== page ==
#WorldMentalHealthDay and #BabyLossAwarenessWeek

This week marks both World Mental Health Day and Baby Loss Awareness Week and the two are intertwined. 

·         During the pregnancy after the loss of my sons my anxiety became unbearable, I was unable to focus for fear of history repeating itself. My manager was there to provide the space for me to feel able to voice that anxiety and work together on how we could address it in the workplace.”

Whatever the outcome of pregnancy, mental health support is vital to parents and the theme of this year’s awareness week is the lack of support available in this area. Much of the efforts in this area are naturally focused on hospitals but there is a role for the workplace in supporting parents returning from parental leave or following a pregnancy loss, and in this blog you can find links to support. 

Importance of awareness

The theme for this year’s World Mental Health Day on October 10th is a focus on suicide prevention which builds on the work of last month’s World Suicide Prevention Day. I support bereaved parents both inside and outside of the Department and have seen what can happen when people don’t feel able to speak about their pain and need for help.

The fluffiness of the term awareness raising can hide the brutal core of what happens when people are not aware of the pain and devastating consequences of a toxic combination of isolation, feeling disenfranchised with no support mechanism. This is why we raise awareness, so people can feel able to speak about that pain and find the resources and support available to help manage. This is as true of parental mental health as it is about bereavement.

Awareness weeks and days like these are about equipping everyone with the knowledge and skills to have difficult and awkward conversations without fear. Much like the campaigns on #FindingTheWords, it doesn’t have to be grand gestures or about fixing the unfixable. It can be about listening, naming it and then helping signpost to appropriate support.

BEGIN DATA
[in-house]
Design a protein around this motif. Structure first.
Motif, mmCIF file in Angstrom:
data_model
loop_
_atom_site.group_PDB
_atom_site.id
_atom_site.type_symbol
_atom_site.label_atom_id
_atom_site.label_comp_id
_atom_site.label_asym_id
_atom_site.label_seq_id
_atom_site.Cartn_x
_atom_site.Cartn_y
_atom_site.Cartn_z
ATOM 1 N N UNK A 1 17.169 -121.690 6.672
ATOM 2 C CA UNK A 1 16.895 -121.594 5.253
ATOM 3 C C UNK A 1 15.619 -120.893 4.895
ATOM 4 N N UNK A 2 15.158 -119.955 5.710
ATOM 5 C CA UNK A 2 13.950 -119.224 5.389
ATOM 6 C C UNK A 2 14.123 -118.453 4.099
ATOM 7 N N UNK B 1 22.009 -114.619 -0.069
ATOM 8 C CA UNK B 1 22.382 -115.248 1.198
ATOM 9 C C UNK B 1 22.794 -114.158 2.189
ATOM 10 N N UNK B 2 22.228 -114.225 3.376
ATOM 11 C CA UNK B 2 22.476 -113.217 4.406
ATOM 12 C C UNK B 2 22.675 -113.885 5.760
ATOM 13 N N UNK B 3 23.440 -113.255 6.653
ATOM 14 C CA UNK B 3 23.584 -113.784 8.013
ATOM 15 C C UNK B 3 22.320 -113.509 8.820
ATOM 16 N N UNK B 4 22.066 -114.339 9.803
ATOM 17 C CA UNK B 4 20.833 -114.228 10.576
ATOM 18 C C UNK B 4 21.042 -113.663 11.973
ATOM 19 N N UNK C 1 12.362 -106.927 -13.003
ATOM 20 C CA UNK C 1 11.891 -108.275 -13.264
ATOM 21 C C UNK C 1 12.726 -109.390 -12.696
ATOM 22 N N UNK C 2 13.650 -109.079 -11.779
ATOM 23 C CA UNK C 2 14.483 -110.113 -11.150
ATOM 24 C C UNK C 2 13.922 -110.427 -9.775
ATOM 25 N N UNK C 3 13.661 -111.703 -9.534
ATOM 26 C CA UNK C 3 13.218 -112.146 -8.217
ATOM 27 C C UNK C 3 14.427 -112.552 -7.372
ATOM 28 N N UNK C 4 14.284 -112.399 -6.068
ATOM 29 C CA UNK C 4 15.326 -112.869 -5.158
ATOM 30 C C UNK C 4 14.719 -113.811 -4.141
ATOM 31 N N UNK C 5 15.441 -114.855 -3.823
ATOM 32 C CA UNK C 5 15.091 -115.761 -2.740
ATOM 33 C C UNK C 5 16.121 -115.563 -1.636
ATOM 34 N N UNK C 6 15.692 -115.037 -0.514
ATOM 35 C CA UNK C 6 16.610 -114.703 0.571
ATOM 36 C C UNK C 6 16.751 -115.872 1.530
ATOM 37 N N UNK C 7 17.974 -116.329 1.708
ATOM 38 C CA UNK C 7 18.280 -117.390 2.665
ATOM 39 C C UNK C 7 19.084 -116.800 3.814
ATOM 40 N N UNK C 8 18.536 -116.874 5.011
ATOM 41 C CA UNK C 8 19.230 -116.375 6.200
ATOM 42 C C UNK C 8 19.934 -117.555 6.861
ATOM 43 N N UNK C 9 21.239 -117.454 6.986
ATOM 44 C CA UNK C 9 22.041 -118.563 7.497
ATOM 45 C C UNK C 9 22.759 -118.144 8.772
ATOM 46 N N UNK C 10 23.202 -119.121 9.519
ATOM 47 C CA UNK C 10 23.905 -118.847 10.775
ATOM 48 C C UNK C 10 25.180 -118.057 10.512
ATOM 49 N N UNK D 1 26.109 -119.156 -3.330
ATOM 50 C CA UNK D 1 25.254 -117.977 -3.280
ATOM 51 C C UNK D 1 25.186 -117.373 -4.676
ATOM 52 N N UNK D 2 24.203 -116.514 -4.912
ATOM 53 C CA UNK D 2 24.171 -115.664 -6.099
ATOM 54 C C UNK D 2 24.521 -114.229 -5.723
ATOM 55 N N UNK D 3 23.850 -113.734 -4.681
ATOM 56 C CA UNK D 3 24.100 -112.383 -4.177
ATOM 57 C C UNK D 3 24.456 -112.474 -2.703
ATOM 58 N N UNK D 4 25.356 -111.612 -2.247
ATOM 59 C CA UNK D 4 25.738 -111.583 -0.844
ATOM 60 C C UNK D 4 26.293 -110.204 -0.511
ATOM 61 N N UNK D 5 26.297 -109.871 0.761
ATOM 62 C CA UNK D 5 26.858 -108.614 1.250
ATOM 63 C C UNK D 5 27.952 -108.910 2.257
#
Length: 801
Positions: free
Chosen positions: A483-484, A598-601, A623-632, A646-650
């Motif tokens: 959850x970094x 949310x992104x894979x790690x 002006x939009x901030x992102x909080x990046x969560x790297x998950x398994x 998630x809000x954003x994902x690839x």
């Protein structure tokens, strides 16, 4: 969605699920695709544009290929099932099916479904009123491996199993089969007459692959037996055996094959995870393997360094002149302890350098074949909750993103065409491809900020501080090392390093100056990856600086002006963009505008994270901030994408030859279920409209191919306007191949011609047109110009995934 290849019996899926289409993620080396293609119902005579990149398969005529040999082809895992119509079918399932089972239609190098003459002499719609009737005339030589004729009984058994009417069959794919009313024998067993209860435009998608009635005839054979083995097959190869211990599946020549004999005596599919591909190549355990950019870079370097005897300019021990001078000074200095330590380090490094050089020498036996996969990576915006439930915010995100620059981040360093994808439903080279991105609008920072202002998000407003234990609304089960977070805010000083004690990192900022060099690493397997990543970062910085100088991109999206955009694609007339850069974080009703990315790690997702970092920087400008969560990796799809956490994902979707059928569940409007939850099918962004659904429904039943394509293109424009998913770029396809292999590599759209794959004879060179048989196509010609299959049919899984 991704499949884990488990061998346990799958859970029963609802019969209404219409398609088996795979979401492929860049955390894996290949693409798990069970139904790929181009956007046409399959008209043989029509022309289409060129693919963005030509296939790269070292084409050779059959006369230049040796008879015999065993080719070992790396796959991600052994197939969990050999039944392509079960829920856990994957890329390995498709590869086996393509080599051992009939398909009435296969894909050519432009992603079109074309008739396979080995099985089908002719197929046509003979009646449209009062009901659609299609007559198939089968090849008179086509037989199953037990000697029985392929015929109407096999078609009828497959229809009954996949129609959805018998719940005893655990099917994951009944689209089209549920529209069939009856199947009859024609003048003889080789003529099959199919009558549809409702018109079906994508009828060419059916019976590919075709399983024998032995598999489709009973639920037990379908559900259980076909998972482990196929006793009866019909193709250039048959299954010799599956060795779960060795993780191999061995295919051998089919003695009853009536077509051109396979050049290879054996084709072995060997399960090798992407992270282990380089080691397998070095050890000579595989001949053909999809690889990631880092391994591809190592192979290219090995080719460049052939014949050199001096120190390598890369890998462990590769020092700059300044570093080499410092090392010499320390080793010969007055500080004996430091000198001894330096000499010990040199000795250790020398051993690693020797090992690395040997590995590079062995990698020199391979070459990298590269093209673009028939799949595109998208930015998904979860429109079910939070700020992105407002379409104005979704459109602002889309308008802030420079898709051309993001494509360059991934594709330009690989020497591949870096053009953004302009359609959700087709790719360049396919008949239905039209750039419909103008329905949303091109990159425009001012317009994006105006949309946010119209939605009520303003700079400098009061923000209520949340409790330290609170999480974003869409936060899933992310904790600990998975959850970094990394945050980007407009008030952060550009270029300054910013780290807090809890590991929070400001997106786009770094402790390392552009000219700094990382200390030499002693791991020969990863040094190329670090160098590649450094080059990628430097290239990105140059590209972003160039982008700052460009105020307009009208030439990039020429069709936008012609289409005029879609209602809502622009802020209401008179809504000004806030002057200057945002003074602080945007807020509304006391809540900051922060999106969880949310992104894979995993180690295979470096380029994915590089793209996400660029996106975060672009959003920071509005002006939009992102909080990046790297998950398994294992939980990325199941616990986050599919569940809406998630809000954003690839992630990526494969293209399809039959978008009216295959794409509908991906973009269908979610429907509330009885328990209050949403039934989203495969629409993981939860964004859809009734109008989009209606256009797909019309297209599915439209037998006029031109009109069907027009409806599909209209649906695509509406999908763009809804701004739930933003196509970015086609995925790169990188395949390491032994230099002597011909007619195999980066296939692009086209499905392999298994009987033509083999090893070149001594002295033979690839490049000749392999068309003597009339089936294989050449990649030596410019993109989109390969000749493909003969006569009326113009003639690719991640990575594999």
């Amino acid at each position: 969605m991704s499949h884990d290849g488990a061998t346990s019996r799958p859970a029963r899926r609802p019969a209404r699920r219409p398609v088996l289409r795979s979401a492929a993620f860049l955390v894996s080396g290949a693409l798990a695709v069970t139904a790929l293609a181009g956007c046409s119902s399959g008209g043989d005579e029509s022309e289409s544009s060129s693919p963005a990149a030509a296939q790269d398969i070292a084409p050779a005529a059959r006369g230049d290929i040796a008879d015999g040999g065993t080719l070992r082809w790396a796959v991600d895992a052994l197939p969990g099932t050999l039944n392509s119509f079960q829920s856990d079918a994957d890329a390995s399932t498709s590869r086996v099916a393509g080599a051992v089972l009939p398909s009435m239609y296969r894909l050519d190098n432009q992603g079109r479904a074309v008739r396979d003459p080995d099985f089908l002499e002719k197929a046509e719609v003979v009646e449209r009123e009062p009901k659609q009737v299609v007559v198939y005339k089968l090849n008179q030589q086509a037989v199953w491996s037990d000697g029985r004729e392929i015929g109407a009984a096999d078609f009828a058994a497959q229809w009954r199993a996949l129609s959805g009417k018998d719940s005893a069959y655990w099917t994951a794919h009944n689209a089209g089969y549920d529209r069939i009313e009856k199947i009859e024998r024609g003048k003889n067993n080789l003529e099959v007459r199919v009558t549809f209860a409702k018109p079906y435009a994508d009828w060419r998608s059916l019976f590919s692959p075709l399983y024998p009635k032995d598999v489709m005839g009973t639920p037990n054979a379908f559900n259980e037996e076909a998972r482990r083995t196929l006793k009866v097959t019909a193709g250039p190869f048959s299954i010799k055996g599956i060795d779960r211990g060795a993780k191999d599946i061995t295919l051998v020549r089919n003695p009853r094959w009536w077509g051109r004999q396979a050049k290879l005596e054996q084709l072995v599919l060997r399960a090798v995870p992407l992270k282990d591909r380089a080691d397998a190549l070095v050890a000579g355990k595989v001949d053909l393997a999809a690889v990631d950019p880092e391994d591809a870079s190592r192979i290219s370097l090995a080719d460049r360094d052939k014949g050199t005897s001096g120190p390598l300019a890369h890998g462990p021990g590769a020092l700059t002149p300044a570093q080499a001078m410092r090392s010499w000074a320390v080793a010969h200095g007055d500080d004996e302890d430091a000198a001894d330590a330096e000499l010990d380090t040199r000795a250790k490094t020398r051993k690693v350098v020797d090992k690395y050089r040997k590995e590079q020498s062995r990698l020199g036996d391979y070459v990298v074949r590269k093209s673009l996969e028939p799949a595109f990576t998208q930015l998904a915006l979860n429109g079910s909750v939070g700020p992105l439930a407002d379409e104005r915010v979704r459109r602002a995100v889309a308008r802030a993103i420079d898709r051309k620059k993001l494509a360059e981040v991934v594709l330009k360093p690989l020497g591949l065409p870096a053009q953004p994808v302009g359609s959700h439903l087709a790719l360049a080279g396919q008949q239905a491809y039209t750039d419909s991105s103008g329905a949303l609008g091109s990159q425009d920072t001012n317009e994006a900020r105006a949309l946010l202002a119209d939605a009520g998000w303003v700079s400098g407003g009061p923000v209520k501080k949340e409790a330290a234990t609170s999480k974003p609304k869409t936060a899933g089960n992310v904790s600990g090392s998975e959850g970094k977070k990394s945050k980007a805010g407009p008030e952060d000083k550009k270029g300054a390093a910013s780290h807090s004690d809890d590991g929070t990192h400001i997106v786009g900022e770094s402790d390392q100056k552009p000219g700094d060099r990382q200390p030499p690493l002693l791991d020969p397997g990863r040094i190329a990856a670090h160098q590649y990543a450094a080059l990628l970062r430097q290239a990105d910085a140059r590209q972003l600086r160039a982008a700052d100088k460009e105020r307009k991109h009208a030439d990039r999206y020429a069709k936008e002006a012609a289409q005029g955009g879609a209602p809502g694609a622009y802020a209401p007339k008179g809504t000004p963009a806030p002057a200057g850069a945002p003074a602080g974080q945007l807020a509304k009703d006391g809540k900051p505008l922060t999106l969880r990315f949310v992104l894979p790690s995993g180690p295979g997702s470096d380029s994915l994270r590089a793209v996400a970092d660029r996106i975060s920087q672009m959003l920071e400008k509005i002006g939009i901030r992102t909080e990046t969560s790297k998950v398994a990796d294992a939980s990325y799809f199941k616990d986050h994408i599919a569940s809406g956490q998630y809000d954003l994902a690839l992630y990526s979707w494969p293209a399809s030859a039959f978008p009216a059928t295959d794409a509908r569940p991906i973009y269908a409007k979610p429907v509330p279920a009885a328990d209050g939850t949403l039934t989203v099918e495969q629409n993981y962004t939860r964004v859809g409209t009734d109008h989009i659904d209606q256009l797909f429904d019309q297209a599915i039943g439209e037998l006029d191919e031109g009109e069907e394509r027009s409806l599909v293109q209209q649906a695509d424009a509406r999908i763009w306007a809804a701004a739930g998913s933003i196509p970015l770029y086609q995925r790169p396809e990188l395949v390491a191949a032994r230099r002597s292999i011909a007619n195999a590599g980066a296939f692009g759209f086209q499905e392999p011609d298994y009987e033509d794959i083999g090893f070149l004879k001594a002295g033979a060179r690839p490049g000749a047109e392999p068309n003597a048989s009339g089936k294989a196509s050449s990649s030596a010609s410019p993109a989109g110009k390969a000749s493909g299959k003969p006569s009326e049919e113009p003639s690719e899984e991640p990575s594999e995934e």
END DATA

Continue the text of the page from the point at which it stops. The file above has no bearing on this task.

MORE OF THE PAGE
Support

National charities such as Sands, the Miscarriage AssociationAntenatal Results & ChoicesChild Bereavement UK and Tommy’s offer resources to help support anyone affected by pregnancy, baby or child loss.

Online directory services such as Hub of Hope (also available as an app), At a Loss and the Good Grief Trust that can help you find more local support charities or counselling. Regular Twitter chats like #BabyLossHour, #RainbowBabyHour and #TweetCradle offer opportunities to speak with other people who have gone through the same. You can also speak to trained bereavement counsellors online using Grief Chat.

There’s a wealth of material available on maternal mental health on this blog and through #PNDHour on Twitter.

There are lots of practical resources to help educate and provide a framework for difficult conversations about suicide and if you can, it’s worth 20 minutes of your time to make use of the Zero Suicide Alliance online training.

Talking covers a broad range of ways to communicate and many services like The Samaritans and Papyrus (for young people) reflect that with options to email, text and write to them. They have advice for people worried about someone else.

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There is help. Awareness weeks can open up difficult conversations but we need to keep them going until they no longer are difficult.

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